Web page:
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Norwich — Democrats on Monday narrowly endorsed Charles Jaskiewicz 35 to 34 over fellow Alderwoman Deberey Hinchey, but the mayoral race is headed to a Sept. 10 primary.
“Absolutely,” Hinchey said of a primary challenge minutes after the vote was announced. She said she already has been campaigning door-to-door.
Jaskiewicz said he expected a close vote coming into the caucus and said it was “too close to call.” He, too, has been canvassing neighborhoods in preparation for a primary. Jaskiewicz expected the primary challenge and called the caucus the first of a three-phase election process — caucus, primary and the Nov. 5 election.
Both candidates have been campaigning since winter, after Hinchey announced in December she would seek the nomination and Jaskiewicz followed in January. Both started fundraising early in preparation for a primary, with Hinchey’s treasury topping $23,000 and Jaskiewicz $10,000.
Jaskiewicz, 55, touted a broad range of achievements during his nine years in politics that included eight years on the Board of Education, one term on the City Council and two years on the state Board of Education.
Jaskiewicz left the Board of Education in 2011 when he was appointed to the state Board of Education. He ran successfully for City Council that year. He also has been active in fundraisers for United Way.
Jaskiewicz, a regulatory manager at Pfizer Inc., said he would keep his Pfizer position, but would set aside all other civic positions — including volunteer work at United Way and his position on the state school board — if elected mayor. He said Pfizer allows time for community service.
Two-term Alderwoman Hinchey, 60, a clinical social worker for VNA-East in Mansfield, said she would leave her job and make the mayoral position her full-time job.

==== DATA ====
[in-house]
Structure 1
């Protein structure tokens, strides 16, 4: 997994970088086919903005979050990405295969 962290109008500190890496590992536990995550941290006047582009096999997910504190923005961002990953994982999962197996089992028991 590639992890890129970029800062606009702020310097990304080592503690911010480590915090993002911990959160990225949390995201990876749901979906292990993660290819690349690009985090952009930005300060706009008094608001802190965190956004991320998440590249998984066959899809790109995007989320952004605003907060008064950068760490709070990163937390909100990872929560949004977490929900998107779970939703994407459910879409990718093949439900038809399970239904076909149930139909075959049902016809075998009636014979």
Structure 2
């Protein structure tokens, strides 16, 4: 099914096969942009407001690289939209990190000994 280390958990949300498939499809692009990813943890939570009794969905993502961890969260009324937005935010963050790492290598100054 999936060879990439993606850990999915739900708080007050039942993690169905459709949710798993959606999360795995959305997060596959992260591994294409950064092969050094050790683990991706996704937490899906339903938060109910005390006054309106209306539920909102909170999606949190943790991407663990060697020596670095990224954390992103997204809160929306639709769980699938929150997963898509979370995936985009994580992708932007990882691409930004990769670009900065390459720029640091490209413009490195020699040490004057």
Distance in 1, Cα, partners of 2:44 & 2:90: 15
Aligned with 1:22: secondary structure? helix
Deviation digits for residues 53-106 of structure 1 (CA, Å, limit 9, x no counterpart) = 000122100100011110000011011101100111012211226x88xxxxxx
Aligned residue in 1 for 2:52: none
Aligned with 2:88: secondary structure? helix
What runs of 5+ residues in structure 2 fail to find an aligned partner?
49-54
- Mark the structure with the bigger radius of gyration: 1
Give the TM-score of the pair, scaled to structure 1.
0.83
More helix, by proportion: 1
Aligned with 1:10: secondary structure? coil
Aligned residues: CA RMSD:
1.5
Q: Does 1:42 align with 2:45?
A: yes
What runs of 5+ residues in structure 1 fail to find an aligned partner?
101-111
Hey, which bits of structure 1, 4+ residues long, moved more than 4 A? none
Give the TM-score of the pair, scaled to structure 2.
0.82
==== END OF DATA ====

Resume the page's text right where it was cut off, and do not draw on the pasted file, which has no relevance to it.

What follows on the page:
In a surprise move, the town committee endorsed only four candidates for City Council, incumbents Francois, “Pete” Desaulniers and Mark Bettencourt and newcomers Terell Wilson and Marissa Way, granddaughter of former Alderman Walter Way.
Wilson, 21, former president of the statewide chapter of the NAACP Youth Council, called himself “a product of Norwich” and said he would support the city school system and improved communication among city leaders.
Wilson then suddenly asked the 69 people in the audience to stand and hold hands, saying not only are their fellow town committee members political colleagues and friends, but “they are all Norwich.”
Way, 23, said she was surprised to be nominated, but said she grew up in politics and is a “determined person” and likes to “jump into things.”
By state law, no more than five members of one party can serve on the City Council, including the mayor who has a vote on the council. The town committee usually endorses five candidates, some years six candidates. The Republican Town Committee last week endorsed five candidates, and five Libertarians have petitioned onto the ballot.
Six incumbent Democrats were endorsed for Board of Education: current chairwoman Yvette Jacaruso, longest-serving, 18-year member John LeVangie, Jesshua Ballaro, Robert Aldi, Joyce Werden and Cora Lee Boulware.
The Republican Town Committee last week endorsed the party’s three incumbents, setting up a thus-far uncontested election for all nine school board members. Petitioning candidates have until Aug. 7 to file petitions to be placed on the ballot.
The town committee also unanimously endorsed 3 1/2-term incumbent Brian Curtin for city treasurer.